It seems that the next morning, Christmas Day, the men emerged from their muddy trenches to greet one another in no-mans-land. Bloody and tired and missing home, they exchanged small gifts. Cigarettes. Buttons off their uniforms. Hats. Pipe tobacco. Those who have looked into it estimate that somewhere close to 100,000 men unexplainably and without official authority stopped the war for a day.

That is what Christmas does. It brings hope among enemies. It offers kindness in place of hate. It breaks down the differences that divide us. It fills the night with the sound of a familiar tune, whatever language is used.

The reports do not say specifically that the soldiers sang Silent Night, but the diaries do talk about the silence along the front lines. In the middle of their own small stillness, these men could hear the gunfire up and down the line either side of them. The ceasefire gave them opportunity to bury the dead. The quiet gave them time to write letters home. In the middle of a war, Christmas came.

The singing at Valley Rescue Mission reminded me of that.

In the middle of life, a man finds himself broken and without any reason to celebrate what is supposed to be the most joyous time of year. He has no home, so he sleeps on a cot. He has no kitchen, so eats food prepared by others. He has few things that he can call his own, so he wears a pair of pants and a sweater that was given to him from a shelf in the closet. His choices and habits have torn his life apart.

And in the middle of a small little chapel on 2nd Avenue, he and his brothers sing the songs of the season.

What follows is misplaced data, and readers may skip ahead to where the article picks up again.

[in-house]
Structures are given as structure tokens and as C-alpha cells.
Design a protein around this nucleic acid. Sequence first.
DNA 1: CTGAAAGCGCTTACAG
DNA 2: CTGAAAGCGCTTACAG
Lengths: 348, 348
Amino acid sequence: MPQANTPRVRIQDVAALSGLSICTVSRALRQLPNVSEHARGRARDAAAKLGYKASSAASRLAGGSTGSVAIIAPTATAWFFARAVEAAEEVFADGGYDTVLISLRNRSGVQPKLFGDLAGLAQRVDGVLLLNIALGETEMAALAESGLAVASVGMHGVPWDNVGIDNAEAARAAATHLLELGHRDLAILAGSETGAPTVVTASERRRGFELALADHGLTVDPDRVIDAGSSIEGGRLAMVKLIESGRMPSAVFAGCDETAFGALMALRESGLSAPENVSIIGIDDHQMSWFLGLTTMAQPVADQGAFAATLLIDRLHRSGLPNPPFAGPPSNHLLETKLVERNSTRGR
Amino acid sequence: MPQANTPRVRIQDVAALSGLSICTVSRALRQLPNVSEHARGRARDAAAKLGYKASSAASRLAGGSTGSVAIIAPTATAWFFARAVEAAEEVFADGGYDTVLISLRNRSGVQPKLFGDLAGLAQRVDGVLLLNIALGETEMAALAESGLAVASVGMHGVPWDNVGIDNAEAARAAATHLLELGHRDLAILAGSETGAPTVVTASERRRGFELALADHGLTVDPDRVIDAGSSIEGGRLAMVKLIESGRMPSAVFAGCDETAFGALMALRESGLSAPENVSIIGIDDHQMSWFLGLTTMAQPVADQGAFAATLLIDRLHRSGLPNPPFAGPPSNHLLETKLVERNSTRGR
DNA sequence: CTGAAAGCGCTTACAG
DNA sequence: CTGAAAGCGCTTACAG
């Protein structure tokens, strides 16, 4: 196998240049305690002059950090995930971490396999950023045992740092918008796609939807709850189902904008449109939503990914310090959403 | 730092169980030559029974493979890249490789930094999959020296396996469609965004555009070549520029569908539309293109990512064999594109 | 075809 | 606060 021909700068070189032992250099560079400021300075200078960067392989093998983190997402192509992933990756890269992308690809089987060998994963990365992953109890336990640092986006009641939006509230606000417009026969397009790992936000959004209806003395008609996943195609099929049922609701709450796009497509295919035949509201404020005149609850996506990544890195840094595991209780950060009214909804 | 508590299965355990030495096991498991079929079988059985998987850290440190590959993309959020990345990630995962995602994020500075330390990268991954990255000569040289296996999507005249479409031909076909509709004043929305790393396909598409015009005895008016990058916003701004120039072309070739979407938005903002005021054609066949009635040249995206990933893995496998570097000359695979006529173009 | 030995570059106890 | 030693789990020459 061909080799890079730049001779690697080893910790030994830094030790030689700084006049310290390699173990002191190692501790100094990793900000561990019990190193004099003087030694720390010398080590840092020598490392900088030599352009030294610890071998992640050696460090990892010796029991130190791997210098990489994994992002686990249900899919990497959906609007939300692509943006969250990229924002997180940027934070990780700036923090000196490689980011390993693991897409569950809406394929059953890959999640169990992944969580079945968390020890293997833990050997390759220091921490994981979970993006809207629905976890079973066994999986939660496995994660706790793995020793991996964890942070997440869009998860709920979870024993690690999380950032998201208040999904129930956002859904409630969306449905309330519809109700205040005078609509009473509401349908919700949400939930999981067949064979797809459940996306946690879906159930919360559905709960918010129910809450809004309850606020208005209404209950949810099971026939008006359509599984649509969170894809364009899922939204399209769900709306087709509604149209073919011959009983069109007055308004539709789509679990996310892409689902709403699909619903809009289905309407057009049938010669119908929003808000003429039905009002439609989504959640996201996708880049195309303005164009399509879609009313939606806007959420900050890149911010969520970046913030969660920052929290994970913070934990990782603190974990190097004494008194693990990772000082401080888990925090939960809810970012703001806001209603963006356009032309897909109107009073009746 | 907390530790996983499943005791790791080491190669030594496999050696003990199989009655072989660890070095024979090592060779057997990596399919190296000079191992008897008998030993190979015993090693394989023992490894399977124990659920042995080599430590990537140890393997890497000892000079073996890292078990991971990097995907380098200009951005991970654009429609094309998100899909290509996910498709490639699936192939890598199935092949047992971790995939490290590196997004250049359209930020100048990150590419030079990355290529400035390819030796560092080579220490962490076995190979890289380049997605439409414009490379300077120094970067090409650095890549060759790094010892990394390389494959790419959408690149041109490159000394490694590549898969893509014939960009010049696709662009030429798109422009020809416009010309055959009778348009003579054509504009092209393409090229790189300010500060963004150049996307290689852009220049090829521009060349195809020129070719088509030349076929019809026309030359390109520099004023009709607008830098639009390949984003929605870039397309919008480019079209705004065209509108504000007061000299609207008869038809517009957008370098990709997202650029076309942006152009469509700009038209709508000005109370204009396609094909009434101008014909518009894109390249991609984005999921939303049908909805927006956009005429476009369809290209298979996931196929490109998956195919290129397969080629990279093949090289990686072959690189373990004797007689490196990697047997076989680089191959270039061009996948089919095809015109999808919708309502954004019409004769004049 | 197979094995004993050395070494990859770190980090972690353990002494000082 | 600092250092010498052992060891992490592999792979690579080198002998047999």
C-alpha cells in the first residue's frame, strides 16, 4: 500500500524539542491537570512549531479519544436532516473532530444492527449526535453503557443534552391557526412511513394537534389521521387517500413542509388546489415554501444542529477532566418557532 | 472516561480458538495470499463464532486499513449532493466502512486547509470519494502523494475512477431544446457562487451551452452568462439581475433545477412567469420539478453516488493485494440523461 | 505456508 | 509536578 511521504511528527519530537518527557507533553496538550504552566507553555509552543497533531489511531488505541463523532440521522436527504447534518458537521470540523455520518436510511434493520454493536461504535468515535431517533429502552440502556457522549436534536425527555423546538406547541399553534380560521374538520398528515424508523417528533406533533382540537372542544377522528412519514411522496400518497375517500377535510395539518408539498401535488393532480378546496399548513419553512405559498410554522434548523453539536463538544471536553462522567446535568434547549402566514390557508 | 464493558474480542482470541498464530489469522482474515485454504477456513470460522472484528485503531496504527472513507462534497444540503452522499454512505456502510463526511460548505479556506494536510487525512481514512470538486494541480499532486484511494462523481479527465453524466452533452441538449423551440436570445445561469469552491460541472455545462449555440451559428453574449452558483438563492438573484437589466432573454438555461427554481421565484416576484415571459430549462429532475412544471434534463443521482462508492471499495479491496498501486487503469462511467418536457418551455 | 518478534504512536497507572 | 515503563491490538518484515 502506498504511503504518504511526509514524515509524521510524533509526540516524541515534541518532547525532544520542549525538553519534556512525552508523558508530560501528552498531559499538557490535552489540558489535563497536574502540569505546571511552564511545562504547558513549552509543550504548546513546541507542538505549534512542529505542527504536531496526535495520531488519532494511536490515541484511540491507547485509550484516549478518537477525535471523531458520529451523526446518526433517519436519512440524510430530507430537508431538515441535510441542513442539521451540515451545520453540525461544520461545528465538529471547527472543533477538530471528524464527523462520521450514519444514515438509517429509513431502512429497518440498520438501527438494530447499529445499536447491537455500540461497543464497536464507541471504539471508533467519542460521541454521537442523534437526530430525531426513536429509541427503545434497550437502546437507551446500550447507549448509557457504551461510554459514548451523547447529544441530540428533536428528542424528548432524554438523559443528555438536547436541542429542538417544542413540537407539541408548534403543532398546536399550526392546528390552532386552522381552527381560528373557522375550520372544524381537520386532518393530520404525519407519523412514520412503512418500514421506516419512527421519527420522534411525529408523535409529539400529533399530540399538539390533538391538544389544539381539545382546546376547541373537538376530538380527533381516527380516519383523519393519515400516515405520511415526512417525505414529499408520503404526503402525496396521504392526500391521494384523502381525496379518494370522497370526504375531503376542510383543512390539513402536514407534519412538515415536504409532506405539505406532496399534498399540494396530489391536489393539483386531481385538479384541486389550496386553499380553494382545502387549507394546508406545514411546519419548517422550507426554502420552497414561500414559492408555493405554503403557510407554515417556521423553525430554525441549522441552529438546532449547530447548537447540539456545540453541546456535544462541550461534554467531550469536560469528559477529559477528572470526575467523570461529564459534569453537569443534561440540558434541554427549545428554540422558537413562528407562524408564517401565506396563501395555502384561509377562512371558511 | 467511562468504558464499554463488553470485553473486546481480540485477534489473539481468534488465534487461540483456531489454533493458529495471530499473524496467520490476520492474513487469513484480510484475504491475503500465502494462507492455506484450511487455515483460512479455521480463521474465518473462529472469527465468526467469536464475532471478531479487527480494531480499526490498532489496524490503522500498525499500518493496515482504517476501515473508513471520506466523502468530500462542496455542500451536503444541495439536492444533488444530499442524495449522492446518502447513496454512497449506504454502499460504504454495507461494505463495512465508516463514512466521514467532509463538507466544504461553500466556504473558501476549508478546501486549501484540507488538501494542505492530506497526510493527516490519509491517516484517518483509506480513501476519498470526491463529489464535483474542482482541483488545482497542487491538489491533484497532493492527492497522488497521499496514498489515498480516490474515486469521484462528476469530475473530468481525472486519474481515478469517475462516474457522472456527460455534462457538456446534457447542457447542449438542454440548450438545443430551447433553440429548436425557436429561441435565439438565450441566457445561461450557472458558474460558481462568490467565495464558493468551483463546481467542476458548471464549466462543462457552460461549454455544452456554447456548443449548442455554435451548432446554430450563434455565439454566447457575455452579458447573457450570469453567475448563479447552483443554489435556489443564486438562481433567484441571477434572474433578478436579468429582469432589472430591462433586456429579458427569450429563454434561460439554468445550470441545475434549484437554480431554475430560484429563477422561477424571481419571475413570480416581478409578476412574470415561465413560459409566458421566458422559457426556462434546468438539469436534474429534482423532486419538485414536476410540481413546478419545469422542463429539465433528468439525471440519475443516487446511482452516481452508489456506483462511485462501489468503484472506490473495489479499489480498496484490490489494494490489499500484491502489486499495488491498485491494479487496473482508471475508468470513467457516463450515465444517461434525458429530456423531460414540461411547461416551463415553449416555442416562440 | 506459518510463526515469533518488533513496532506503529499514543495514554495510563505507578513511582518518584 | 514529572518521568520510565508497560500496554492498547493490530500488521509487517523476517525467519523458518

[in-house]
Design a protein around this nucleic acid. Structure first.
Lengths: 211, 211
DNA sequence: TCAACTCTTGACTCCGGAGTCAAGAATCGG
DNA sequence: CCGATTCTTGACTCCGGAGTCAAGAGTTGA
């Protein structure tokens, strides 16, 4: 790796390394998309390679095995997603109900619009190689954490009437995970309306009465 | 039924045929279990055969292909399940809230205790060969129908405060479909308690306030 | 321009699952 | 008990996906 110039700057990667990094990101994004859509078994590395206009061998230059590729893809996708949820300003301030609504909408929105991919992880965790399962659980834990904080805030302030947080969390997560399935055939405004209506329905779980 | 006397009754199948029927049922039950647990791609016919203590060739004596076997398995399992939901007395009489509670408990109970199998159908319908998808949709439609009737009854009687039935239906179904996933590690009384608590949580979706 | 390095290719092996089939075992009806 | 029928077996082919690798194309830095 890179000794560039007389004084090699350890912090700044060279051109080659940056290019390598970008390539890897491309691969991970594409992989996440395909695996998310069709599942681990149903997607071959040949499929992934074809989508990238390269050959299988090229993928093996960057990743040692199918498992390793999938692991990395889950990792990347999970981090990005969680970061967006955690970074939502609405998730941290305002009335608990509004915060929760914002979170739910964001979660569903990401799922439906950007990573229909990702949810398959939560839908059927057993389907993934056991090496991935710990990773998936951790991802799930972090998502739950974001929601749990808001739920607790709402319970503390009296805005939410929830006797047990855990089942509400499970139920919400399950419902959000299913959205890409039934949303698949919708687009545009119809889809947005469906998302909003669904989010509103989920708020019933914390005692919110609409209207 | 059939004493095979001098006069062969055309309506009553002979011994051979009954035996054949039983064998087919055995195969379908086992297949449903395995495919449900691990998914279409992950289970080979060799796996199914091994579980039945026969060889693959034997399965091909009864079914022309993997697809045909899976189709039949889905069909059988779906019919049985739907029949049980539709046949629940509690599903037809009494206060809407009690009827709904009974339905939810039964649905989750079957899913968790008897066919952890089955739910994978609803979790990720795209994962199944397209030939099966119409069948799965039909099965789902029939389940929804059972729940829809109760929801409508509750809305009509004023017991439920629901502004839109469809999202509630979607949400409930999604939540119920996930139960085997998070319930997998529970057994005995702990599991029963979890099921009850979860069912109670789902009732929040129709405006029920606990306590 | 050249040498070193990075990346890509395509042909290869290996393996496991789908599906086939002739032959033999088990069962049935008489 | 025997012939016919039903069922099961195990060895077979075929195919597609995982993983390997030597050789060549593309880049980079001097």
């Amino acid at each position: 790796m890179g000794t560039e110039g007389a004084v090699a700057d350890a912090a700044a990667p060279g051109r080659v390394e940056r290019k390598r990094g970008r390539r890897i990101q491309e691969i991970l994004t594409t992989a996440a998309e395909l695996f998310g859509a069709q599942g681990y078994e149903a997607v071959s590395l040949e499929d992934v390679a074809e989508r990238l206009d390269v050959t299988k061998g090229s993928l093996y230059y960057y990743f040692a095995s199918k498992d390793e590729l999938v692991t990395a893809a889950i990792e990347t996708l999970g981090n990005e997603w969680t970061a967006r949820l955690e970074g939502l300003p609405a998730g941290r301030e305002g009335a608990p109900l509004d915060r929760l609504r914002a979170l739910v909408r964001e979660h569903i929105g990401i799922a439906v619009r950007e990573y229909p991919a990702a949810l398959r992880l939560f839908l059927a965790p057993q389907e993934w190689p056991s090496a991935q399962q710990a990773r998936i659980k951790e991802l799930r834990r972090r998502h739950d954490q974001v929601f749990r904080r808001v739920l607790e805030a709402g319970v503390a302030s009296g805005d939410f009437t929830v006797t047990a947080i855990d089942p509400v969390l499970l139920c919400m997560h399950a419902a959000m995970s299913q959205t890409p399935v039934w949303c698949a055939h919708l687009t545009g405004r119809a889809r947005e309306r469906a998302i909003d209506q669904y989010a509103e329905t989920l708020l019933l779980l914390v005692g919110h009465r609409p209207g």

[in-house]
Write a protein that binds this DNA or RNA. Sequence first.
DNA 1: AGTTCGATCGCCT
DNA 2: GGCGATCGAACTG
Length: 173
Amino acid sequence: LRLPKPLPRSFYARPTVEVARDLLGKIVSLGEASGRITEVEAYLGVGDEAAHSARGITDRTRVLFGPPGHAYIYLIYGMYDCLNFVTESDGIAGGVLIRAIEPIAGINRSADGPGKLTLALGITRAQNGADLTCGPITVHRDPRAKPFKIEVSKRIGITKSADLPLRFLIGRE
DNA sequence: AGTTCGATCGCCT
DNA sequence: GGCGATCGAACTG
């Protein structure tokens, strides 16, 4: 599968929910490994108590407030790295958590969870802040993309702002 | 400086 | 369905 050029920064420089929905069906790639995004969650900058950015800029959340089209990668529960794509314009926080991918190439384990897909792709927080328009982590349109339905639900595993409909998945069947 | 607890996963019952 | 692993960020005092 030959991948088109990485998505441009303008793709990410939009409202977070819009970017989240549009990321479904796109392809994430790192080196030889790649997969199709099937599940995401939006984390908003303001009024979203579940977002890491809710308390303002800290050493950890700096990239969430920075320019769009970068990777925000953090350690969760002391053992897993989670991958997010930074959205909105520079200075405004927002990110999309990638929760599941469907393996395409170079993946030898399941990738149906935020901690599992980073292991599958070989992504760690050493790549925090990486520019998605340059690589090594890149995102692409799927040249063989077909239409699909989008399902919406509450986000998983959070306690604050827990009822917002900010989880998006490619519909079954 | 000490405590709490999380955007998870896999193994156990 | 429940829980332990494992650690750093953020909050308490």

Christmas will be hard for some. An untimely death has stolen a loved one, and this will be the first Christmas without them. The people of Kentucky and Tennessee and Missouri are living in the middle of devastation. A nine-year-old holding her baby doll is gone. Hundreds of lives torn apart by tornadoes that came in a night that was anything but silent. A typhoon is ripping at the town of Cebu in the Philippines right this minute. I know this because our church is supporting a mission there and we got an email to pray for them.

Yet, Christmas still comes.

The real beauty of Christmas is not in the day on the calendar, but in the spirit of hope it brings. I can’t say for sure, but I suspect that amid the rubble and hurt on the streets of some small town in Kentucky, candles will be lit and voices from out across the darkness will begin to sing. My friends on a small Pacific island will join them. The men at the mission on 2nd Avenue will join them. Soldiers away from home will hear the familiar tune. And I will be there with them. So will you.

Because that’s what Christmas does. It brings us hope.

Merry Christmas to all of you.

15 thoughts on “Silent Night

  1. Paul, this was beautifully written. Merry Christmas to you and your kids and grands. We wish you the best on your first Christmas without your Beth.

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  2. Merry Christmas Paul, have a blessed holiday with your beautiful family! Glad to see you writing again! I know this will be a difficult holiday for all of you.

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  3. Paul,
    You have such a talent for writing. Your stories sometimes make me cry and sometimes make me laugh but always make me glad to hear them. This Christmas will be difficult without your Beth but you have your family and friends to help you through. Merry Christmas.

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  4. Paul, you do a great job pretending to be a tree grower and seller, but the truth is, your a writer. We grow and learn from the hard times. Have a loving Christmas. ❤

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  5. I read the last page and told the WWI story. I dare say it was a different message to hear from Santa. Thank you and Merry Christmas. I hope you feel the love that surrounds you.

    Bill